Performers include any individuals whose performance consists in the interpretation of copyrighted works of arts (e.g. an actor reads a text, a dancer performs a choreography, a singer sings a song). Most often performers include actors, singers, dancers, musicians, conductors or theatre directors. Acrobats are also considered performers even though they do not perform a copyrighted work of art. Performers do not include technical, production and administrative staff such as an artistic, operational or technical manager, make-up artists, wig stylist, technicians or sound engineers or lighting technicians. The outcome of the work of make-up artists, wig stylists and sometimes even sound engineers or lighting technicians may amount to copyrighted work under certain conditions (provided that their work is creative and unique).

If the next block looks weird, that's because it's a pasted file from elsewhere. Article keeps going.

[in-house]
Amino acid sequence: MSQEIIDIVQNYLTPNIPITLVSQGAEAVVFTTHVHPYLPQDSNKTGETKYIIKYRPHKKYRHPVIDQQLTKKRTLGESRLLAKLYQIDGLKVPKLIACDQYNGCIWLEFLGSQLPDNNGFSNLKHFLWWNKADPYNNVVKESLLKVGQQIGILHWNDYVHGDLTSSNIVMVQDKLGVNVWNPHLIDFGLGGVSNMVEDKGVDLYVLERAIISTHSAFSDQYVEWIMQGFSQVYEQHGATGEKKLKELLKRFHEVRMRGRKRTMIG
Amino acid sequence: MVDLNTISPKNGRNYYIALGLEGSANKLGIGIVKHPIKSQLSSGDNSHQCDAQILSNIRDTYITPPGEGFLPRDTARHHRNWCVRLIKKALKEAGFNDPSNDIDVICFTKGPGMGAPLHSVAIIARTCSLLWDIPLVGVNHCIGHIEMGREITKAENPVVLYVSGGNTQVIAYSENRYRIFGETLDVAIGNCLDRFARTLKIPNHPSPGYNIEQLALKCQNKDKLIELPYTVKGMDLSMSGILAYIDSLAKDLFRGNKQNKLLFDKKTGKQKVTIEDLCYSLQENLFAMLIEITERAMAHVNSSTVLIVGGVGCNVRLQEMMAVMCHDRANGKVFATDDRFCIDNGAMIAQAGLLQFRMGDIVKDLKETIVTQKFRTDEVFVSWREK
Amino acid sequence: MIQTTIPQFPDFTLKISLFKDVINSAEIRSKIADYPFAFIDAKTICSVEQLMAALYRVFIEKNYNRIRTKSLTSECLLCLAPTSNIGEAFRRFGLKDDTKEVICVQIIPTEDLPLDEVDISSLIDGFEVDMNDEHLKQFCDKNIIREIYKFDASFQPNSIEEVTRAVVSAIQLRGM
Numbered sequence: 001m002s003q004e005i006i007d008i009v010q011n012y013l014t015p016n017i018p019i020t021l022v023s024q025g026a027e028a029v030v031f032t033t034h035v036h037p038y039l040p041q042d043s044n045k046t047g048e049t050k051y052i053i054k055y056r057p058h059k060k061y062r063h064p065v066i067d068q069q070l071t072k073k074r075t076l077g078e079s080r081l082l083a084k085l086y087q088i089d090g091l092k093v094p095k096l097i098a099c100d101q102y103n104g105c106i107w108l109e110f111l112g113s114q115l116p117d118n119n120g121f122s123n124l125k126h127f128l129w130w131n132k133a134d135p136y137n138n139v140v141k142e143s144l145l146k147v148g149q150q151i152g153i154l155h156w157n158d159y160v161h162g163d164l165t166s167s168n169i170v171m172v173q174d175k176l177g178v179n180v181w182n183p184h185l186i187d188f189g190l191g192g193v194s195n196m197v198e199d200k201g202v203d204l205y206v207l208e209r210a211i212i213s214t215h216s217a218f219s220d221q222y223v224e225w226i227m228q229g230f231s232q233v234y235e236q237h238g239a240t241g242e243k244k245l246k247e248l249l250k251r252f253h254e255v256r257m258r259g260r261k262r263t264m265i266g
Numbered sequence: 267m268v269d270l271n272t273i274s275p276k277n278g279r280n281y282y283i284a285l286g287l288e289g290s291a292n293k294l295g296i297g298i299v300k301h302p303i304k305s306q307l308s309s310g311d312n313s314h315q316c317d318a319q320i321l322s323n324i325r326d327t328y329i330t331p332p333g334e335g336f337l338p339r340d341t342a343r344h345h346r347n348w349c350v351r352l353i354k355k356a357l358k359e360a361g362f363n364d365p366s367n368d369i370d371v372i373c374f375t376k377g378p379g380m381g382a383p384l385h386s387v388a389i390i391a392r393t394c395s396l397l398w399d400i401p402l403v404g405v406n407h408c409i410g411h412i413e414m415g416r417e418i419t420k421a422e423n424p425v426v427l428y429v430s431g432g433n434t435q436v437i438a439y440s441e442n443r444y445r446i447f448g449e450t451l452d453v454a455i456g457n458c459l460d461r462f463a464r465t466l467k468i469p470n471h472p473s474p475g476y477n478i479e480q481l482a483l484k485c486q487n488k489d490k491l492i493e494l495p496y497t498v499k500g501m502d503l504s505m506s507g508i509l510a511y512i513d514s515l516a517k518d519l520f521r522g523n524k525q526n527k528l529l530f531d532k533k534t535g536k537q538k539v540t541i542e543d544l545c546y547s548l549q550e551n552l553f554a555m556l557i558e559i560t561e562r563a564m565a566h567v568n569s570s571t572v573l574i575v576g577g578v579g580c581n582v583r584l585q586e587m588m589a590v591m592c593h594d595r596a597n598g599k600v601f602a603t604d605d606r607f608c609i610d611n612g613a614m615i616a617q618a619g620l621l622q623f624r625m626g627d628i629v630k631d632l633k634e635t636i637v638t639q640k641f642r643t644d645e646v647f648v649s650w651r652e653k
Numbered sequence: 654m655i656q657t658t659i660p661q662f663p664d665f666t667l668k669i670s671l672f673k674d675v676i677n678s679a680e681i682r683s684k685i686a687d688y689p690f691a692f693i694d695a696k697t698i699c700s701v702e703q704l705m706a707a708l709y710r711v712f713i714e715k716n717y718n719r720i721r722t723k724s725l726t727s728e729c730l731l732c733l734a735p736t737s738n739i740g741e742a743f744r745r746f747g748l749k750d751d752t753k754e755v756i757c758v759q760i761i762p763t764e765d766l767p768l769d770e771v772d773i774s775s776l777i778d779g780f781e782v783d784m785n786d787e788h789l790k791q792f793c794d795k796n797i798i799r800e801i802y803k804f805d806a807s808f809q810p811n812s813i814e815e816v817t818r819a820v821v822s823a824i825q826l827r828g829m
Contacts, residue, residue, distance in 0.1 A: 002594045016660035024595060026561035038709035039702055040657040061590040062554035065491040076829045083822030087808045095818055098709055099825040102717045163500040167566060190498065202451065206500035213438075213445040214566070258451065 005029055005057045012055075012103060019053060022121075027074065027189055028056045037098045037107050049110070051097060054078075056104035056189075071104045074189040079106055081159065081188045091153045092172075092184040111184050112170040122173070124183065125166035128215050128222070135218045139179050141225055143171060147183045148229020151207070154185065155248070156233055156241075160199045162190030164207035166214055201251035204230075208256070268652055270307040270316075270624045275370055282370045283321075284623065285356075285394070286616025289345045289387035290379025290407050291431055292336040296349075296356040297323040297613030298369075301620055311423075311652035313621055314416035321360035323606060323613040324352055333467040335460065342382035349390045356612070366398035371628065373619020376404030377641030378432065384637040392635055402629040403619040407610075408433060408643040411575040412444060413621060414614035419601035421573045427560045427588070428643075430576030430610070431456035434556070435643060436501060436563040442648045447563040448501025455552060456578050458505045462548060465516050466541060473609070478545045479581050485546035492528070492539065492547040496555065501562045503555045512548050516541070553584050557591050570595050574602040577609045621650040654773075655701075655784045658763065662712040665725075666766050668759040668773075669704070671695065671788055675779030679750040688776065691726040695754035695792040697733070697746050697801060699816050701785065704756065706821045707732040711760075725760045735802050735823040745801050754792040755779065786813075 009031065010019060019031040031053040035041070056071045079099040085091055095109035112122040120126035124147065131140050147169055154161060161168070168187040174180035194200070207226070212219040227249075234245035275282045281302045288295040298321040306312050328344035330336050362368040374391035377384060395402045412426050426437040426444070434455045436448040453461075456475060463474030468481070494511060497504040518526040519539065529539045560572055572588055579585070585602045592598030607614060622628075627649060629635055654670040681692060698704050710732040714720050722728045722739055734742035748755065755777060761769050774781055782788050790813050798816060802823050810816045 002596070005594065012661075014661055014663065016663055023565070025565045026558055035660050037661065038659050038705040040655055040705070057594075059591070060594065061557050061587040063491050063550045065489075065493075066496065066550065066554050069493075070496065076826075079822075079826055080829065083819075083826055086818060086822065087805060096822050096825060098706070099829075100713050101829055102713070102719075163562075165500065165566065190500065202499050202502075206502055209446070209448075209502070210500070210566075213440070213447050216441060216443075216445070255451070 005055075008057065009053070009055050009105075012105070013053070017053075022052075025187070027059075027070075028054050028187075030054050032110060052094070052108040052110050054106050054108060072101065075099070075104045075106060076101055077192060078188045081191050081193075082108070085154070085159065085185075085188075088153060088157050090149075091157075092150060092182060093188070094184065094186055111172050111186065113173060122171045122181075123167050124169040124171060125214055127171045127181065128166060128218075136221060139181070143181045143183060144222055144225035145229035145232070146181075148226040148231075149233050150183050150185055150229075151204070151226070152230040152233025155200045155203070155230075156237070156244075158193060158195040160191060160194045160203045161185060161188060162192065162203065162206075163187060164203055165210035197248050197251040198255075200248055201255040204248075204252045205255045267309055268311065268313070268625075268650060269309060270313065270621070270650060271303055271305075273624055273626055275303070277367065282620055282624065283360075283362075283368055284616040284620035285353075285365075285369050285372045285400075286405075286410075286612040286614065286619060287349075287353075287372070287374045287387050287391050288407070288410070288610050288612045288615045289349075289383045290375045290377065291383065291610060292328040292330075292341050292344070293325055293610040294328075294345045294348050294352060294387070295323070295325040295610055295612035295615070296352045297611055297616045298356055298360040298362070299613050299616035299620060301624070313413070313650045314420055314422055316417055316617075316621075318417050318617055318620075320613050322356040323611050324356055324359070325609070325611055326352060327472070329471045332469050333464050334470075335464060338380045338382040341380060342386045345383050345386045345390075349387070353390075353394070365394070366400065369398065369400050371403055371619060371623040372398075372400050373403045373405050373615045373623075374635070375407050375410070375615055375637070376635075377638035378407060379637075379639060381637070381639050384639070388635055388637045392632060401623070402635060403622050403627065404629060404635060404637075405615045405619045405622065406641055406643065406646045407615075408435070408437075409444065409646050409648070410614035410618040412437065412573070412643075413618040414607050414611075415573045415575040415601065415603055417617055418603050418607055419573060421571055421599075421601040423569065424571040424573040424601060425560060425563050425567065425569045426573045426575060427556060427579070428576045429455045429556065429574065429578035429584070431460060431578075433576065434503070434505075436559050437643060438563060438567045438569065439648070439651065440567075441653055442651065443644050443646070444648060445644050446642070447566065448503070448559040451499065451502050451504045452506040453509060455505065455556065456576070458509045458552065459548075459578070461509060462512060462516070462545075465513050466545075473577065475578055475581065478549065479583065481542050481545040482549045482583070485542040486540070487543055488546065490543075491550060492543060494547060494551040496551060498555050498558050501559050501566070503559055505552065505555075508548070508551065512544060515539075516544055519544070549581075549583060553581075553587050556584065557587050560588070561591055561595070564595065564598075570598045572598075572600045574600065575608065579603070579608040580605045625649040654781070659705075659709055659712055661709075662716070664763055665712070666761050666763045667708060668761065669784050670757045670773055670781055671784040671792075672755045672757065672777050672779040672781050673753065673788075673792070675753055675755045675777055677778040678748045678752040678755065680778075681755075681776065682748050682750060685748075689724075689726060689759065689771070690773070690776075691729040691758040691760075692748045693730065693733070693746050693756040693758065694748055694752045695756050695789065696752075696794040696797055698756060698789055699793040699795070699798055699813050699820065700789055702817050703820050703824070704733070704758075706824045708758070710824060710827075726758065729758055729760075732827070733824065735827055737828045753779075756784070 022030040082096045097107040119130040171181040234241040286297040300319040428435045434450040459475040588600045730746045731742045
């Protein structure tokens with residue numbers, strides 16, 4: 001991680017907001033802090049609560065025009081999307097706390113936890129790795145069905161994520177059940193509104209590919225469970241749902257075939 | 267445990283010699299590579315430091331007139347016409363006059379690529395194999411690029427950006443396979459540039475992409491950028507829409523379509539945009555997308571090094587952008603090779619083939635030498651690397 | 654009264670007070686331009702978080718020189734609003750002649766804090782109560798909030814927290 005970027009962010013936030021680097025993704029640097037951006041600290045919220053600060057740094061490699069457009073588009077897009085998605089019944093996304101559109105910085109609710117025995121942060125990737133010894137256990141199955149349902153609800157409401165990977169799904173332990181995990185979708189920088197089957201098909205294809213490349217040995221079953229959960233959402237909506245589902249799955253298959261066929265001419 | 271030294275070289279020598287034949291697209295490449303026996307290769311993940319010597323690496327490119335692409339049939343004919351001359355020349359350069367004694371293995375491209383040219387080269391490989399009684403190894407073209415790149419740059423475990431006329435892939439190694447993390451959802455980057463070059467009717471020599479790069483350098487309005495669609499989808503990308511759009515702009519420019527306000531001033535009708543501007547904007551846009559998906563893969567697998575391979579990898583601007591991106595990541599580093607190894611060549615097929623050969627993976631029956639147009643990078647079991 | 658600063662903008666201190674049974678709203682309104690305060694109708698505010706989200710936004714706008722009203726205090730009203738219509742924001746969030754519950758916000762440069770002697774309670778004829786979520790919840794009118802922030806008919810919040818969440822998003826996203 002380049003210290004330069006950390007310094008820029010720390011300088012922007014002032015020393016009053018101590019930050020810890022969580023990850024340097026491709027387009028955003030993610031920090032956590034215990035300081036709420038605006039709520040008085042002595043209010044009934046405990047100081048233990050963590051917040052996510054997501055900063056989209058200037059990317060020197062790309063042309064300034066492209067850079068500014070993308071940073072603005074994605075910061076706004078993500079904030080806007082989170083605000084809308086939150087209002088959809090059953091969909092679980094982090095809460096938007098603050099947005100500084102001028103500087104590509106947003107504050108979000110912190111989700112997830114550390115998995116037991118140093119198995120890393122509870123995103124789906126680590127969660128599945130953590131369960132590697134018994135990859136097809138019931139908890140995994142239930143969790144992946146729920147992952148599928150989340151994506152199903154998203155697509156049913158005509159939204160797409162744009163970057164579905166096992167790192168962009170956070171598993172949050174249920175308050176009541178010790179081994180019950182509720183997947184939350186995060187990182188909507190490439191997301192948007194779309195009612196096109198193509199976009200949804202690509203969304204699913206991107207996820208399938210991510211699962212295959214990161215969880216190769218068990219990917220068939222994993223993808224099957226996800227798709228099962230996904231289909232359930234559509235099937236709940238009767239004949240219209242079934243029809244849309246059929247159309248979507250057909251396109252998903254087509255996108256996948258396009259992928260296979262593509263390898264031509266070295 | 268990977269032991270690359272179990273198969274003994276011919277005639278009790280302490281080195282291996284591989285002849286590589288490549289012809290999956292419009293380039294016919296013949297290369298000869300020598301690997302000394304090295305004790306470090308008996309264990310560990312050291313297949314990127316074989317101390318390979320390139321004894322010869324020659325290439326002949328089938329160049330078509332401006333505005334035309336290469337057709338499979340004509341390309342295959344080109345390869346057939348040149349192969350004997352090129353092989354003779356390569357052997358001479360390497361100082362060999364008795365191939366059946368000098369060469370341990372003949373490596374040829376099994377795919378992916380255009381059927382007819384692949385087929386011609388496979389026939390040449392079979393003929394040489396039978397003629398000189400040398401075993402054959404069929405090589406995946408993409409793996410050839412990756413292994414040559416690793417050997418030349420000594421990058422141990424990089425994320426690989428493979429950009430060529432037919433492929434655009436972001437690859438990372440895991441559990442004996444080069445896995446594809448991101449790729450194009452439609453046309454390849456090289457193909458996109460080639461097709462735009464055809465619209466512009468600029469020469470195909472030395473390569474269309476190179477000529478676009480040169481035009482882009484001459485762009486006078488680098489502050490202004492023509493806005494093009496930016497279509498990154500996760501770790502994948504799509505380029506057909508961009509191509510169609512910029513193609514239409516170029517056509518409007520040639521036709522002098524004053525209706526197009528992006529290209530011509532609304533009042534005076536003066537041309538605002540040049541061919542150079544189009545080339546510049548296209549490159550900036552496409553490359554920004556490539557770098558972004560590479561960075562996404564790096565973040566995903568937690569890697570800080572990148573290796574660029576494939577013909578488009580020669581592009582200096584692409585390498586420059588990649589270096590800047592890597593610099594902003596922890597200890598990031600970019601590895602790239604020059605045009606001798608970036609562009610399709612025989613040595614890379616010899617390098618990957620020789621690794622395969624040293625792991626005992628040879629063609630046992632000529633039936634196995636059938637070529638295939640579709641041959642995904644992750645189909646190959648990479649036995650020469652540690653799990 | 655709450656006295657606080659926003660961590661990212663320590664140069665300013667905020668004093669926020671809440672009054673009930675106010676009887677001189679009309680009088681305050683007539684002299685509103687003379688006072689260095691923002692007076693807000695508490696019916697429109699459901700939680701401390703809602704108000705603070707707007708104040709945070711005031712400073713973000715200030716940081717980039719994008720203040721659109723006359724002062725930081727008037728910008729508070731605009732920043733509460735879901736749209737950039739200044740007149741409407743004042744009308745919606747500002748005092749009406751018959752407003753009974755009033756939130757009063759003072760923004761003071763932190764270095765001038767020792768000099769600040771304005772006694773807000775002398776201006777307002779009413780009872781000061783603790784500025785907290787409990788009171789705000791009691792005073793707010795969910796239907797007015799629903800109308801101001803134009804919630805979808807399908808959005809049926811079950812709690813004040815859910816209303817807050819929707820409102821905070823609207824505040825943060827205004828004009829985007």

Artistic performance enjoys a similar degree of protection as copyrighted works; performers hold absolute rights to their work. Performers enjoy moral and economic rights similar, but not identical, to the rights of authors. Economic rights of performers include, without limitation, their exclusive right to communicate the performance to the public, to make an audio, visual or audiovisual recording of such a performance, make the performance accessible online or broadcast it. For joint performance of a single work (e.g. by an orchestra, choir or dancing group), the economic rights are exercised through a single person called a common representative of the artistic ensemble (e.g. a choir leader) and a collective license to the performance is granted.